Unfortunately, just as it is difficult to define GH deficiency biochemically, in the era of recombinant human GH therapy, the medical community has no universally accepted standard definition for short stature. Clearly, both sex and age must be considered. Some physicians label patients short for age and sex if they are below a certain percentile on a standard longitudinal height chart, whereas others believe that it is actually height velocity for age and sex that is the more appropriate indicator.
Thus, latitude exists in identifying patients who might benefit from recombinant human GH therapy. Some increment in growth velocity has been demonstrated in most patients who have received human GH.25-27 However, it is not clear how many of these patients benefit psychologically or that increased adult height is achievable.28
In addition to debate over proper criteria for therapy, controversy surrounds screening efforts to identify candidates. School-based screening for children of short stature has raised concerns about overidentification of candidates and stigmatization of short children. Those concerns are particularly serious when companies that stand to profit from the marketing or manufacture of recombinant human GH are involved in the screening.
Labeled Indications for Recombinant Human GH Therapy
All recombinant human GH products are currently labeled for use in “children who have growth failure due to an inadequate secretion of normal endogenous growth hormone.”29 Recently, the Nutropin brand of somatropin has also been labeled for use in children with chronic renal failure before transplantation.20,30 In the case of classic GH deficiency, diagnosis is not a problem. However, in the absence of generally accepted criteria for diagnosing “inadequate secretion,” partial GH deficiency, or “GH dysregulation,” the indications for these products have become extremely subjective.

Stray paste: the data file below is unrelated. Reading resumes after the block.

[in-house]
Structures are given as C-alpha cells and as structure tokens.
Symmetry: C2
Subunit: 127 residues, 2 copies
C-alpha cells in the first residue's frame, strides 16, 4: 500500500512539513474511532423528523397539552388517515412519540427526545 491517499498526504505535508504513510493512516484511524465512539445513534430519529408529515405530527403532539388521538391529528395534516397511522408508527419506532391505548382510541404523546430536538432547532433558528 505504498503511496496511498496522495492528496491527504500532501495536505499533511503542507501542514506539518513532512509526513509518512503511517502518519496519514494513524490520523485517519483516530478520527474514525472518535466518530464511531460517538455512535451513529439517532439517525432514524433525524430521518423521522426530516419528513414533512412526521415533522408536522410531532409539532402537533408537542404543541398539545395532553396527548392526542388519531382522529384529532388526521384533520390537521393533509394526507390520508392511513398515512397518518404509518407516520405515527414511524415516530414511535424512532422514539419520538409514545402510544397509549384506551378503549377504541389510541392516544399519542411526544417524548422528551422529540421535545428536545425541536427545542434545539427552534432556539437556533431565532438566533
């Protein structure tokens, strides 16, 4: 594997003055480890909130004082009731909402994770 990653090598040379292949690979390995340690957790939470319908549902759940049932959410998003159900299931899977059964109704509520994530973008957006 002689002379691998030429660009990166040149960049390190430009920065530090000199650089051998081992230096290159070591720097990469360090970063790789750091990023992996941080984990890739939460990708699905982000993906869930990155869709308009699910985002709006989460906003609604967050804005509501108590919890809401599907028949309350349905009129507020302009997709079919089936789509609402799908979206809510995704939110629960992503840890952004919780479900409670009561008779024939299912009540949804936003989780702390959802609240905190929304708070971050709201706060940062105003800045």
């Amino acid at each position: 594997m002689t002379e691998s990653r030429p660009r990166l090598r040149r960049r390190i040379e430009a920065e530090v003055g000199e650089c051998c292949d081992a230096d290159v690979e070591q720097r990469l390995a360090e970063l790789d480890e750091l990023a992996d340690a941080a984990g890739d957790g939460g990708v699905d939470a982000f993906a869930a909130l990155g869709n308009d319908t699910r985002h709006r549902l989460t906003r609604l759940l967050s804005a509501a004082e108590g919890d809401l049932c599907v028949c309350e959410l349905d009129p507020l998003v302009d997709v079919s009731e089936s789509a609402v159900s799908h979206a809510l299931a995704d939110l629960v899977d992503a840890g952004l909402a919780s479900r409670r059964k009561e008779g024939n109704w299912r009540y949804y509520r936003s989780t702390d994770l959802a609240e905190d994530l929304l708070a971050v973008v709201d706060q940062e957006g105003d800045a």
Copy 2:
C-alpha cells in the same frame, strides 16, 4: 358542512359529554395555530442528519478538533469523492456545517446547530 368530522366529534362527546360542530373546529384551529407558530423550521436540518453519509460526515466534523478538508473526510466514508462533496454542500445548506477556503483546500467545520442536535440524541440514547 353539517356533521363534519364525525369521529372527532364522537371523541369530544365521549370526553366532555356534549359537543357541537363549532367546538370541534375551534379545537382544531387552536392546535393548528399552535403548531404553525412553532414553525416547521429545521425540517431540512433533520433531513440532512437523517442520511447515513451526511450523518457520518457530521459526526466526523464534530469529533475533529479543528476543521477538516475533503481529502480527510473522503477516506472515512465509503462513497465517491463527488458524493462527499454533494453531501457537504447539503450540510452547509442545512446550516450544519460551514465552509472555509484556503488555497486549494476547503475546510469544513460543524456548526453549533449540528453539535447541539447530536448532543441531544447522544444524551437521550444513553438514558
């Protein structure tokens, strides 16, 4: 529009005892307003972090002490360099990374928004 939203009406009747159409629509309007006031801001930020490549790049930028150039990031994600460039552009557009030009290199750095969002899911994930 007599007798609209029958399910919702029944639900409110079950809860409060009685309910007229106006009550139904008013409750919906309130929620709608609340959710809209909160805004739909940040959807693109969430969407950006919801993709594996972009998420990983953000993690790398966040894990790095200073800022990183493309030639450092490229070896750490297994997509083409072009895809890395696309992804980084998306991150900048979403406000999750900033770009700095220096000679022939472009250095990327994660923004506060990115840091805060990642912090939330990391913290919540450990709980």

The findings of a recent American Academy of Pediatrics Periodic Survey of Fellows on the use of GH in clinical practice revealed that provocative testing was the most frequently named criterion used to support the use of GH; the next most frequent criterion was the degree of short stature or depression of growth velocity. The overwhelming majority of respondents also indicated that GH should be prescribed only by pediatric endocrinologists and that the goal of therapy is to increase current and adult stature.31
Off-Label Uses of Recombinant Human GH Therapy
Indications for the off-label use of human GH are not well defined, and there are many causes of short stature other than GH deficiency (Table1) that bear consideration; these conditions are not a reason to consider growth hormone therapy.32 Interest in the use of human GH in a variety of disorders (Table 2) has been stimulated by both the success of human GH therapy in GH-deficient individuals of short stature and the ready availability of synthetic GH products. The key issue then becomes whether GH treatment increases height among children with these disorders regardless of the patient's GH status. In some instances, the answer is yes, especially in disorders such as chronic renal insufficiency and Turner's syndrome in which a resistance to physiologic concentrations of GH has been documented.20,33 In many other instances, the use of GH has been justified on the grounds that persons with short stature (defined as more than 2 SDs below the mean for age and sex) experience stigma in an affluent society. These children are often teased in school about their short stature; moreover, empiric evidence indicates that numerous social benefits are linked to tall stature. In some children, short stature may be part of an acquired or inherited disorder. For these children, growth augmentation is viewed as an avenue to normalcy. Despite these concerns and the fairly extensive use of recombinant human GH in these patient groups, no objective current data demonstrate the psychosocial benefits of hormonal therapy in this group of children and few physiologic data demonstrate an effect on final adult height. The above considerations have led some to question whether research on the use of human GH to attempt to increase the final adult height of non-GH-deficient children is warranted.